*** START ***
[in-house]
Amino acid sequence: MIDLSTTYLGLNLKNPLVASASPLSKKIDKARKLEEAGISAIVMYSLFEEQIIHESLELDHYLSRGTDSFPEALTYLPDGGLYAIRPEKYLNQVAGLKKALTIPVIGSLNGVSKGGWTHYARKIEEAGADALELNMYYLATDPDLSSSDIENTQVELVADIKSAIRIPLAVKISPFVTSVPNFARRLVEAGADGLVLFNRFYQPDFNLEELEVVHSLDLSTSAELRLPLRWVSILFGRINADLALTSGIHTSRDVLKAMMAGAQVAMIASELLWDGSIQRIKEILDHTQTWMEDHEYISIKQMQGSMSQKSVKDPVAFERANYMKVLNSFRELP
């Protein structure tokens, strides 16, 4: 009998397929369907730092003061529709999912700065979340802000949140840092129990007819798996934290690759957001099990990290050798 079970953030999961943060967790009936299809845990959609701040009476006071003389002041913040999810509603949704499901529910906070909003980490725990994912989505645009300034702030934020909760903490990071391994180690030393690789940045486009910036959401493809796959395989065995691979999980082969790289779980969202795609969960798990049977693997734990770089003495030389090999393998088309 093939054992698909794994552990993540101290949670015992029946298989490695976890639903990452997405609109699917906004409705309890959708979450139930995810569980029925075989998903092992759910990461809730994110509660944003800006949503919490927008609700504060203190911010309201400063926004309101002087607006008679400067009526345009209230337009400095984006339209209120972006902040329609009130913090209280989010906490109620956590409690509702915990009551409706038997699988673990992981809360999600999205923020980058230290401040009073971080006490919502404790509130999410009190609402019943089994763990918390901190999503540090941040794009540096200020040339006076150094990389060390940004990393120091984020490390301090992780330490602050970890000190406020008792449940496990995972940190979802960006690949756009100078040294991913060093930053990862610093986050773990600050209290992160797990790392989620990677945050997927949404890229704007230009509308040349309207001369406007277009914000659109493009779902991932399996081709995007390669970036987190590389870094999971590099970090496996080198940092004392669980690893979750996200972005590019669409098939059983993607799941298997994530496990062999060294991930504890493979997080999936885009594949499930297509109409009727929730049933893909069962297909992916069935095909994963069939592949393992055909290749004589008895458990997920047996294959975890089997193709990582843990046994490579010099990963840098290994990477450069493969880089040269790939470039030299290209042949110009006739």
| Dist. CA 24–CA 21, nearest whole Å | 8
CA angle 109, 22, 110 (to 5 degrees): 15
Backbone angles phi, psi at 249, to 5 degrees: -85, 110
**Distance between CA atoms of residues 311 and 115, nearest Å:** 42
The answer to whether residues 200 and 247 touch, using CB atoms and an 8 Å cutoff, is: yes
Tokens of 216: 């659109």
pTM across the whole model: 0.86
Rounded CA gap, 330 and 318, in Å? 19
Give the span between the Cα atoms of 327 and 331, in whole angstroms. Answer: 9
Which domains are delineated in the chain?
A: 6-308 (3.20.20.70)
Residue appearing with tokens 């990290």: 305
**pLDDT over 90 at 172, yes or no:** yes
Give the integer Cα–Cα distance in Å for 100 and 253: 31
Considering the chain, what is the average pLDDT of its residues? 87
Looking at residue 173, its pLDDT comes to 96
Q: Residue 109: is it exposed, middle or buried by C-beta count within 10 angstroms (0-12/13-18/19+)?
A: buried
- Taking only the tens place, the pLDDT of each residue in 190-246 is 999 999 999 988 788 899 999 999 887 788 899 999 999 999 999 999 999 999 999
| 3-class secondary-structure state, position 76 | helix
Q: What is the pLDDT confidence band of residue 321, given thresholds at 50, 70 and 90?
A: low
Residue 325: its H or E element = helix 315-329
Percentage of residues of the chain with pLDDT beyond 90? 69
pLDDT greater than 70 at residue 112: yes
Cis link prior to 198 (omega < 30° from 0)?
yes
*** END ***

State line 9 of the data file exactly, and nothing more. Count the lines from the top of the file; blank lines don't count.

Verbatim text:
Tokens of 216: 């659109």